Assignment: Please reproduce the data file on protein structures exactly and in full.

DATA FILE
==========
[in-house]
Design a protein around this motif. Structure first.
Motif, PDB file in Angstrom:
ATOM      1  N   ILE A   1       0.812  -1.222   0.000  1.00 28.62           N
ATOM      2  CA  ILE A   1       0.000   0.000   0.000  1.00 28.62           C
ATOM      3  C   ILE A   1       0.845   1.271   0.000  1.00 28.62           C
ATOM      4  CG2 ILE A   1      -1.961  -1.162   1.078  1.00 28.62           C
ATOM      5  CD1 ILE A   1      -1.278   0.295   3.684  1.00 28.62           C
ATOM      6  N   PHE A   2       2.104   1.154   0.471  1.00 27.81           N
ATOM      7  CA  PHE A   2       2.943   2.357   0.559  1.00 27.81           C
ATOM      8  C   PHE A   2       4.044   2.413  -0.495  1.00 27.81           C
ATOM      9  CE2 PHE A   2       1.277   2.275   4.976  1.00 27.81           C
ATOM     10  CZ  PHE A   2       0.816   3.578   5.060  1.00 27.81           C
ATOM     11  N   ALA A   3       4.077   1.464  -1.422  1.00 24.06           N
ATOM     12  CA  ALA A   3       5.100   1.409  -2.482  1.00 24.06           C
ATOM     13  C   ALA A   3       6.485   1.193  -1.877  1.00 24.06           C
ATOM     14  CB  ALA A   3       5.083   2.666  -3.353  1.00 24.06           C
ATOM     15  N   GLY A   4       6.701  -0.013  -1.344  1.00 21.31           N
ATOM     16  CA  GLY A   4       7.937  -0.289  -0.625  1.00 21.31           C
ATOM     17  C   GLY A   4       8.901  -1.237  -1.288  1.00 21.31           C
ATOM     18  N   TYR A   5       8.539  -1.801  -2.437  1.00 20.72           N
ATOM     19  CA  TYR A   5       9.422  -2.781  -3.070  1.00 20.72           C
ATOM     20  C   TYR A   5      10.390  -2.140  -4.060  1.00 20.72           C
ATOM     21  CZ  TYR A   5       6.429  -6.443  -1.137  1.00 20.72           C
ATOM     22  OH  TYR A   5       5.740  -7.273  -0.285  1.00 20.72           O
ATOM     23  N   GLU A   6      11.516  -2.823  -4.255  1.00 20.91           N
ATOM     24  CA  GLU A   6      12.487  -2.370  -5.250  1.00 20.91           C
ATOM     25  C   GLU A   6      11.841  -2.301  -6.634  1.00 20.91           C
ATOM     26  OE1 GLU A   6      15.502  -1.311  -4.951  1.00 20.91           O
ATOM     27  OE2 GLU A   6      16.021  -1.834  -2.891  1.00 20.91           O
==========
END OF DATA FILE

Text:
[in-house]
Design a protein around this motif. Structure first.
Motif, PDB file in Angstrom:
ATOM      1  N   ILE A   1       0.812  -1.222   0.000  1.00 28.62           N
ATOM      2  CA  ILE A   1       0.000   0.000   0.000  1.00 28.62           C
ATOM      3  C   ILE A   1       0.845   1.271   0.000  1.00 28.62           C
ATOM      4  CG2 ILE A   1      -1.961  -1.162   1.078  1.00 28.62           C
ATOM      5  CD1 ILE A   1      -1.278   0.295   3.684  1.00 28.62           C
ATOM      6  N   PHE A   2       2.104   1.154   0.471  1.00 27.81           N
ATOM      7  CA  PHE A   2       2.943   2.357   0.559  1.00 27.81           C
ATOM      8  C   PHE A   2       4.044   2.413  -0.495  1.00 27.81           C
ATOM      9  CE2 PHE A   2       1.277   2.275   4.976  1.00 27.81           C
ATOM     10  CZ  PHE A   2       0.816   3.578   5.060  1.00 27.81           C
ATOM     11  N   ALA A   3       4.077   1.464  -1.422  1.00 24.06           N
ATOM     12  CA  ALA A   3       5.100   1.409  -2.482  1.00 24.06           C
ATOM     13  C   ALA A   3       6.485   1.193  -1.877  1.00 24.06           C
ATOM     14  CB  ALA A   3       5.083   2.666  -3.353  1.00 24.06           C
ATOM     15  N   GLY A   4       6.701  -0.013  -1.344  1.00 21.31           N
ATOM     16  CA  GLY A   4       7.937  -0.289  -0.625  1.00 21.31           C
ATOM     17  C   GLY A   4       8.901  -1.237  -1.288  1.00 21.31           C
ATOM     18  N   TYR A   5       8.539  -1.801  -2.437  1.00 20.72           N
ATOM     19  CA  TYR A   5       9.422  -2.781  -3.070  1.00 20.72           C
ATOM     20  C   TYR A   5      10.390  -2.140  -4.060  1.00 20.72           C
ATOM     21  CZ  TYR A   5       6.429  -6.443  -1.137  1.00 20.72           C
ATOM     22  OH  TYR A   5       5.740  -7.273  -0.285  1.00 20.72           O
ATOM     23  N   GLU A   6      11.516  -2.823  -4.255  1.00 20.91           N
ATOM     24  CA  GLU A   6      12.487  -2.370  -5.250  1.00 20.91           C
ATOM     25  C   GLU A   6      11.841  -2.301  -6.634  1.00 20.91           C
ATOM     26  OE1 GLU A   6      15.502  -1.311  -4.951  1.00 20.91           O
ATOM     27  OE2 GLU A   6      16.021  -1.834  -2.891  1.00 20.91           O